On My Mind
Automobile recalls are quite common these days and even the highly-respected Toyota Motor Corporation occasionally experiences such events. Toyota recently recalled 2.4 million Prius hybrids because they can stall while driving (see the October 5, 2018 issue of USA TODAY). I’m reminded of an article I wrote with Schroeder, Linderman, and Rickard (2010) on Preserving Quality Superiority which appeared in Quality Progress. Once you become #1 in Quality in your industry – How do you stay #1? Based on our research, we identified six factors important for preserving quality superiority: (1) Quality superiority is a strategic intent; (2) Go beyond customer focus to customer intimacy; (3) Leaders at all levels are engaged in quality activities; (4) You have a strong Quality Management System in place; (5) Quality is embedded in the culture; and (6) The organization adapts to—and shapes—the environment. We know so much about how to become #1 in Quality, but we still don’t know a lot about how to stay #1. Toyota is an excellent current case study on how difficult it is to stay on top.
Companies have so much to worry about today in terms of data/information security and privacy. Data breaches, hacking, cyberattacks, and now accusations that people in China might have planted surveillance microchips in servers used by leading U.S. technology companies (see the October 4, 2018 issue of the Washington Post). The lesson continues to be invest time and money into security, be vigilant, and back-up, back-up, back-up!
I’d like to thank the following presenters for helping make the 10th Annual Advanced Strategic Improvement Practices Conference on October 2, 2018 at the Minnesota Landscape Arboretum a great success: Cathy Moeger (retired) of the MN Pollution Control Agency; Bruce King of Seagate; Sara Rose of the MN Department of Human Services Office of Continuous Improvement; Dr. Ralph Bovard of the HealthPartners Institute; Kristine Enno, Cathy Robinson, and Dr. Carrie Oswald of Be The Match; Dr. Tanya Rodriguez of Hormel Foods; Dr. Johanna Rian and Gene Dankbar of the Mayo Clinic; Terra Carey of the MN Department of Human Services Direct Care and Treatment; David Peter of IBM; Randy Guse of the United Health Group; Crystal Selchow of Loram Maintenance of Way; and Vern Campbell of Process Management and the University of Manitoba. Everyone in attendance benefitted greatly from the knowledge the presenters shared.The schedule for the next public SIS events has been set: Statistics & Analytics for Strategic Improvement will be held November 6-7, 2018; Leading Rapid Action Projects will be held November 14-15, 2018; Strategy Tools for Strategic Improvement will be held November 29, 2018; Implementing Process Management will be held December 12-13, 2018; Strategic Improvement Green Belt will start January 8, 2019; Strategic Improvement Black Belt will start January 15, 2019; and Customer Experience Deep Dive will be held January 23, 2019. The brochures for these events are available on this website.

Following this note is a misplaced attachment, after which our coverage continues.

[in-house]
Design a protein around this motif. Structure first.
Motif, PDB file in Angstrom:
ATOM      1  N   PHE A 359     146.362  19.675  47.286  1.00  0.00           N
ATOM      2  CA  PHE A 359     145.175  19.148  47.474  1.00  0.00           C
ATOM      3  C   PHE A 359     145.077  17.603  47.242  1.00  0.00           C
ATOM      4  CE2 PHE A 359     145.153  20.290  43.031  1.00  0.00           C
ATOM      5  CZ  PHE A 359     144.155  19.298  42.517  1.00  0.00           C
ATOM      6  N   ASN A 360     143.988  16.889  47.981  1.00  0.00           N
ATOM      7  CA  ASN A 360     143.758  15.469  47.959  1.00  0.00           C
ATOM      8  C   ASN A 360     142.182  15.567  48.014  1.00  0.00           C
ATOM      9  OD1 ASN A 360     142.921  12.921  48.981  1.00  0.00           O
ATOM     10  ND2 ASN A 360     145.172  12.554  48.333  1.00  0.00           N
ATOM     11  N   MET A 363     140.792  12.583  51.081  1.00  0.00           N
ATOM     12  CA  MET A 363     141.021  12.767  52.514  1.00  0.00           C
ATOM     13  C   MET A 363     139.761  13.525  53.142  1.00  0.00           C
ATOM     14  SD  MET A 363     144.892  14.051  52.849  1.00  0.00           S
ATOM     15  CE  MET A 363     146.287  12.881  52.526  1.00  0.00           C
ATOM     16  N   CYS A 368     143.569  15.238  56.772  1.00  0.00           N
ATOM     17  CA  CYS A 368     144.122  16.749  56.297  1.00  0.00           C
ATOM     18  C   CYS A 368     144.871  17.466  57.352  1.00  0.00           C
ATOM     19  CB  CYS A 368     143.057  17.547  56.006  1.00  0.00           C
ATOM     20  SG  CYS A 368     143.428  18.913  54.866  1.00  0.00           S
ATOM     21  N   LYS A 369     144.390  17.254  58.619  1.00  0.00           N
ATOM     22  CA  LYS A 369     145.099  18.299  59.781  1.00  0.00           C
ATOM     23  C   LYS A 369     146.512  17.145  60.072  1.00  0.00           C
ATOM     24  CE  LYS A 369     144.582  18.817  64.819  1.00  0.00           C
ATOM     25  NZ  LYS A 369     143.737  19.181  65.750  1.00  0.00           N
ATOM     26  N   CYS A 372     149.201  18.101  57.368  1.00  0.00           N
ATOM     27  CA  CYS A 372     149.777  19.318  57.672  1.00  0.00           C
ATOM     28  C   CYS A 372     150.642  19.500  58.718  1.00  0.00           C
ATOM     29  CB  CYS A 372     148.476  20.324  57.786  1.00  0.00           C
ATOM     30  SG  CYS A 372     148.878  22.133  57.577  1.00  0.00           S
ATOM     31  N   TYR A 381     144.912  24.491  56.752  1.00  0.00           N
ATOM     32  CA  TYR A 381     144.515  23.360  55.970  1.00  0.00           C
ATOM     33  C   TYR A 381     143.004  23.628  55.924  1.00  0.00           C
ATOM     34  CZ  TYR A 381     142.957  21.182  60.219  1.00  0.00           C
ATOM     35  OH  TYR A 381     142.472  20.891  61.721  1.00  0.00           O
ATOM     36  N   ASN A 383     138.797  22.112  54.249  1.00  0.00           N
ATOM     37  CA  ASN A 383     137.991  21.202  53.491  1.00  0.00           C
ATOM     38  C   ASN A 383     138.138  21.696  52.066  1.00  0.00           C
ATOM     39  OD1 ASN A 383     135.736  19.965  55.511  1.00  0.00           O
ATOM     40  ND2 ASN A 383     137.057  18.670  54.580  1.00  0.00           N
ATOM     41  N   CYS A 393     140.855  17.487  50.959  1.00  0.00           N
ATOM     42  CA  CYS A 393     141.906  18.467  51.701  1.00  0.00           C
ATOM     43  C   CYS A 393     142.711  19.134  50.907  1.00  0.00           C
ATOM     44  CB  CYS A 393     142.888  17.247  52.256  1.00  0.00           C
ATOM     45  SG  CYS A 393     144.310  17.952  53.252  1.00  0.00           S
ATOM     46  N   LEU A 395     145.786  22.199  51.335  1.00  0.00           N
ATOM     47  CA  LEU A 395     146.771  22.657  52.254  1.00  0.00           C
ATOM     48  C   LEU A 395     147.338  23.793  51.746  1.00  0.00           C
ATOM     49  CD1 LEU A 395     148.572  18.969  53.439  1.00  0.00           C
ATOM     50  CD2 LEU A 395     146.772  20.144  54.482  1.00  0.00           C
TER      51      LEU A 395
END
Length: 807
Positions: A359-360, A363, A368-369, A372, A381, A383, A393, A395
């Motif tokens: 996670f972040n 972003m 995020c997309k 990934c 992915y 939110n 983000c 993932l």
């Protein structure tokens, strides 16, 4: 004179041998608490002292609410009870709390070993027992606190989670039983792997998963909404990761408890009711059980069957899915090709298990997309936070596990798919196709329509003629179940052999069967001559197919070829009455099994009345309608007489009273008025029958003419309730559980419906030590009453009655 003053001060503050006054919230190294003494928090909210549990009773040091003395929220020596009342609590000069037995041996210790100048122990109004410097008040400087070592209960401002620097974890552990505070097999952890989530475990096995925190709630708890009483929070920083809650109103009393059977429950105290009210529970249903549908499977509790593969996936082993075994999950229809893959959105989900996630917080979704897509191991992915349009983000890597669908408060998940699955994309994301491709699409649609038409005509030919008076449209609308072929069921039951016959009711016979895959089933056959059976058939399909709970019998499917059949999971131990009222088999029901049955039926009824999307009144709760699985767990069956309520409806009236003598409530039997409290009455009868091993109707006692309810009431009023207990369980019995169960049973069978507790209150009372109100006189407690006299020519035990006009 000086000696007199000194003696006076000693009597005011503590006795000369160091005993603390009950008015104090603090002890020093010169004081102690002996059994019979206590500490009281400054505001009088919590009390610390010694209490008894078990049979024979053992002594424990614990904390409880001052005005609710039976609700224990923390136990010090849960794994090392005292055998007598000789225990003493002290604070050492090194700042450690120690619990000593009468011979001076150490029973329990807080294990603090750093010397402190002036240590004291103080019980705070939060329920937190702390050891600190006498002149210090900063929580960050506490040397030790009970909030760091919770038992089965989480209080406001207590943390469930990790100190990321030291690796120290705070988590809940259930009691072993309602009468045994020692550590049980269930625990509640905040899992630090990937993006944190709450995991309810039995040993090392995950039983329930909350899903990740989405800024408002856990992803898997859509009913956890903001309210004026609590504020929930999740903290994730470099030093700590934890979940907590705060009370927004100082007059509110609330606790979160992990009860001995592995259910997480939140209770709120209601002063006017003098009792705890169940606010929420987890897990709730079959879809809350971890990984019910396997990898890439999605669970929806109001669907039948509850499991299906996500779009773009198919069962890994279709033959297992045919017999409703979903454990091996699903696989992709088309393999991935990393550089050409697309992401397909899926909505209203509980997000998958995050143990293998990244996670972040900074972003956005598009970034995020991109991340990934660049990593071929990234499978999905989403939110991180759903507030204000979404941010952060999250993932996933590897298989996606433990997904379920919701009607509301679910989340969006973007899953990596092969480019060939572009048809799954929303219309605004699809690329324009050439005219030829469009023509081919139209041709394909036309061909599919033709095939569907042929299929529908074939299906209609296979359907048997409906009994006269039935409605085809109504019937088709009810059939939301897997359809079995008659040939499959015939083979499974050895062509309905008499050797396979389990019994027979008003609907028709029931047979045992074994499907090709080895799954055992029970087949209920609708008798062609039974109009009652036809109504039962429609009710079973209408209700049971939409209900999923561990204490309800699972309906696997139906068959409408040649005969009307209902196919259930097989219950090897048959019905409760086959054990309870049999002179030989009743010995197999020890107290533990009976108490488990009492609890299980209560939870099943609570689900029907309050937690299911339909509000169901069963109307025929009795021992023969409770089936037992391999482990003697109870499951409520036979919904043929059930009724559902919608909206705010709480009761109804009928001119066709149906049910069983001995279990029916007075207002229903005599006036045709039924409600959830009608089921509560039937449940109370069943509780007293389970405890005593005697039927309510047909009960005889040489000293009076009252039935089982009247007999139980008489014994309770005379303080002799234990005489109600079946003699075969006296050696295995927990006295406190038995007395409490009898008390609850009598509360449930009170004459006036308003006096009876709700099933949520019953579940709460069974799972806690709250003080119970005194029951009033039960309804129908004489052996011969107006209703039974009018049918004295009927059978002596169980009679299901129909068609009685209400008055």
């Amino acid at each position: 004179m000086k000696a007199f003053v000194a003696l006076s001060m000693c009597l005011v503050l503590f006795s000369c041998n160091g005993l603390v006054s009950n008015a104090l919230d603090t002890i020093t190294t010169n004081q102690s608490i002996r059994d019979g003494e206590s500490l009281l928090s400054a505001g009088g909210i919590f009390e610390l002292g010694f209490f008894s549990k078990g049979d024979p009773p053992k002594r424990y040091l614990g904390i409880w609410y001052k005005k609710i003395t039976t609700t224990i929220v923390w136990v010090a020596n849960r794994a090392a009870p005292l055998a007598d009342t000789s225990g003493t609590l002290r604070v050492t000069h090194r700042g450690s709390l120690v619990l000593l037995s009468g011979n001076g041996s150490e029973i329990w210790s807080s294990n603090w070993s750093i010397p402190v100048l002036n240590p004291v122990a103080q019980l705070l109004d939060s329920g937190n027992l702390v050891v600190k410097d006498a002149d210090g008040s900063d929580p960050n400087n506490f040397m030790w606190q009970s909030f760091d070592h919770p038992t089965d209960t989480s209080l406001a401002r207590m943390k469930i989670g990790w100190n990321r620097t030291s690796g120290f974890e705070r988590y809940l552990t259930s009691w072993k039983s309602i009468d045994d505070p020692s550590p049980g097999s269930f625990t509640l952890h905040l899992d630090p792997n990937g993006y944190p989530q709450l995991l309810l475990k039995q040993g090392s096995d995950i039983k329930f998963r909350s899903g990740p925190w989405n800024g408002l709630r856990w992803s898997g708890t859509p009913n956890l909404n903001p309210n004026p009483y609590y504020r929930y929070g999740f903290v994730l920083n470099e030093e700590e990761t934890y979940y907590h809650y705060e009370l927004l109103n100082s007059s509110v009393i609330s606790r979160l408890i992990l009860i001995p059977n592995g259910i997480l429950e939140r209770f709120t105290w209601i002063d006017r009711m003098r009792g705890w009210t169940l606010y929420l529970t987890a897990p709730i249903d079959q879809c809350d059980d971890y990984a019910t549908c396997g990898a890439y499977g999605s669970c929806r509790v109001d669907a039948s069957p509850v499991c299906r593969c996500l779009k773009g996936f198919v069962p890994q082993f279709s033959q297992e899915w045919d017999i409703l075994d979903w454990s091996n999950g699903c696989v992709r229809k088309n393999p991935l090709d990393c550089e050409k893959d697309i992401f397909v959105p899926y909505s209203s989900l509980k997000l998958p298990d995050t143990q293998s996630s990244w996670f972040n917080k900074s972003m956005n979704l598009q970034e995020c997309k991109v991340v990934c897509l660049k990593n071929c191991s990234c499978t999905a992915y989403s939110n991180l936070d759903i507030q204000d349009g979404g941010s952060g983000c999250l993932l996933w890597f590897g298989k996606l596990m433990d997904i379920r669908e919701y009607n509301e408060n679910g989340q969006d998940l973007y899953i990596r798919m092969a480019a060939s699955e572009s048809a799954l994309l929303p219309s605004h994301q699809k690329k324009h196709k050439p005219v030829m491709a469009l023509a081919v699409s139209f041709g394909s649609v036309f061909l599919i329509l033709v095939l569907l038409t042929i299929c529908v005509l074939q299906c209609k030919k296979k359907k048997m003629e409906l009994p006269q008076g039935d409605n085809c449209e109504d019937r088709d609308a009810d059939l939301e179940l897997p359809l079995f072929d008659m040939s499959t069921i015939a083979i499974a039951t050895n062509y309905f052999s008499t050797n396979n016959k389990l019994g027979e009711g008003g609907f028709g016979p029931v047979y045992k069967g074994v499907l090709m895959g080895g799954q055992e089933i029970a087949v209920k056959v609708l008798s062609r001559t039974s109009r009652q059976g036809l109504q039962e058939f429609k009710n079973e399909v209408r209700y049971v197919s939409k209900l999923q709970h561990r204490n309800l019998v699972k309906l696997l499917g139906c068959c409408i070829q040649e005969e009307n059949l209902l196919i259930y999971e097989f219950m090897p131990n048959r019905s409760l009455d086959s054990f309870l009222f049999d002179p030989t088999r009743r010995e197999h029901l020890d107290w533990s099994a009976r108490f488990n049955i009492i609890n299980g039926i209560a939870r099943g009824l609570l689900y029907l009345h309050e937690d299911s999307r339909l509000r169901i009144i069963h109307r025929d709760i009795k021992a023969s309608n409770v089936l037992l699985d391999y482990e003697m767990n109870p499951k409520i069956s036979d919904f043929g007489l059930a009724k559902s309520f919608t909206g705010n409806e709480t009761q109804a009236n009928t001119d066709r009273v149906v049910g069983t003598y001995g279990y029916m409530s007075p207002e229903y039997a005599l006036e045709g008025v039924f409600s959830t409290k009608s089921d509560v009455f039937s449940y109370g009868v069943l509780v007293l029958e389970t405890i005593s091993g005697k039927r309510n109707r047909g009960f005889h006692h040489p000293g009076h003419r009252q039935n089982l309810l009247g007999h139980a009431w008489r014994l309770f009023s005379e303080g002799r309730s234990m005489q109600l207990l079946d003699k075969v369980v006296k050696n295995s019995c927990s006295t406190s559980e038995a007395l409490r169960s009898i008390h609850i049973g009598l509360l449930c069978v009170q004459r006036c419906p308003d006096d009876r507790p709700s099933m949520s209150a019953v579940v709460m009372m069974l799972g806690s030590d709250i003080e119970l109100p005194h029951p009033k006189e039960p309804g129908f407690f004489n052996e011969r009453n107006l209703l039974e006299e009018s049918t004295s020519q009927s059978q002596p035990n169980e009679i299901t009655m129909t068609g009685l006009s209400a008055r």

The book Data Mining: Practical Machine Learning Tools and Techniques by Witten, Frank, Hall, and Pal is an excellent starter book on the subject. I especially enjoyed Chapter 4 on algorithms and Chapter 13 on applications. If you want to get going on learning about analytics and big data, then this should be one of your first technical books.